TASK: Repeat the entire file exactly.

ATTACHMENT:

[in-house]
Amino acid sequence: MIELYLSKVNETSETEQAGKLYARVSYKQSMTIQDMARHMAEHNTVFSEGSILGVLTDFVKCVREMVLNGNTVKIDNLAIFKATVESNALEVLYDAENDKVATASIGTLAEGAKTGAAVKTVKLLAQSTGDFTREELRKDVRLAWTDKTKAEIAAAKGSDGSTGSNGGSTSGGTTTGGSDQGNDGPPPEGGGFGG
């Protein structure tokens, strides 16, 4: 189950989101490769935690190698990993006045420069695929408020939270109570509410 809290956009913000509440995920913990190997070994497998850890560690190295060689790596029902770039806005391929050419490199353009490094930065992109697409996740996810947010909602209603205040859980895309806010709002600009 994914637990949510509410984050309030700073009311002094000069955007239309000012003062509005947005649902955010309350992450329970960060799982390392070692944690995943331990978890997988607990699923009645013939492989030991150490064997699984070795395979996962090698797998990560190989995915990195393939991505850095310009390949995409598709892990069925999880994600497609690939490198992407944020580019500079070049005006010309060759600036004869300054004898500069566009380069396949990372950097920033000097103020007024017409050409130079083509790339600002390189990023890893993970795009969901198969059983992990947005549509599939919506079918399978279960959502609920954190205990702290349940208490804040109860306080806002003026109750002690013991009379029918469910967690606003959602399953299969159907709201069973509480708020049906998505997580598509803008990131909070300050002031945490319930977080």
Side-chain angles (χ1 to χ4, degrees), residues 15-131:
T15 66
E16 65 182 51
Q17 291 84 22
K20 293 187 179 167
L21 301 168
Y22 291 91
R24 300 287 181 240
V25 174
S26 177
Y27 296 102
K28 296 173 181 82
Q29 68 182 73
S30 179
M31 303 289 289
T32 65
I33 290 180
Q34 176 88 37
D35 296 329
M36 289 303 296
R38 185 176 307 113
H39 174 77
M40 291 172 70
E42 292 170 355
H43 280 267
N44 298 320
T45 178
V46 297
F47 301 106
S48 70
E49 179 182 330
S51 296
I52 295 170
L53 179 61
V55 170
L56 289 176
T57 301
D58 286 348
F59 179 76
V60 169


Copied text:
[in-house]
Amino acid sequence: MIELYLSKVNETSETEQAGKLYARVSYKQSMTIQDMARHMAEHNTVFSEGSILGVLTDFVKCVREMVLNGNTVKIDNLAIFKATVESNALEVLYDAENDKVATASIGTLAEGAKTGAAVKTVKLLAQSTGDFTREELRKDVRLAWTDKTKAEIAAAKGSDGSTGSNGGSTSGGTTTGGSDQGNDGPPPEGGGFGG
């Protein structure tokens, strides 16, 4: 189950989101490769935690190698990993006045420069695929408020939270109570509410 809290956009913000509440995920913990190997070994497998850890560690190295060689790596029902770039806005391929050419490199353009490094930065992109697409996740996810947010909602209603205040859980895309806010709002600009 994914637990949510509410984050309030700073009311002094000069955007239309000012003062509005947005649902955010309350992450329970960060799982390392070692944690995943331990978890997988607990699923009645013939492989030991150490064997699984070795395979996962090698797998990560190989995915990195393939991505850095310009390949995409598709892990069925999880994600497609690939490198992407944020580019500079070049005006010309060759600036004869300054004898500069566009380069396949990372950097920033000097103020007024017409050409130079083509790339600002390189990023890893993970795009969901198969059983992990947005549509599939919506079918399978279960959502609920954190205990702290349940208490804040109860306080806002003026109750002690013991009379029918469910967690606003959602399953299969159907709201069973509480708020049906998505997580598509803008990131909070300050002031945490319930977080």
Side-chain angles (χ1 to χ4, degrees), residues 15-131:
T15 66
E16 65 182 51
Q17 291 84 22
K20 293 187 179 167
L21 301 168
Y22 291 91
R24 300 287 181 240
V25 174
S26 177
Y27 296 102
K28 296 173 181 82
Q29 68 182 73
S30 179
M31 303 289 289
T32 65
I33 290 180
Q34 176 88 37
D35 296 329
M36 289 303 296
R38 185 176 307 113
H39 174 77
M40 291 172 70
E42 292 170 355
H43 280 267
N44 298 320
T45 178
V46 297
F47 301 106
S48 70
E49 179 182 330
S51 296
I52 295 170
L53 179 61
V55 170
L56 289 176
T57 301
D58 286 348
F59 179 76
V60 169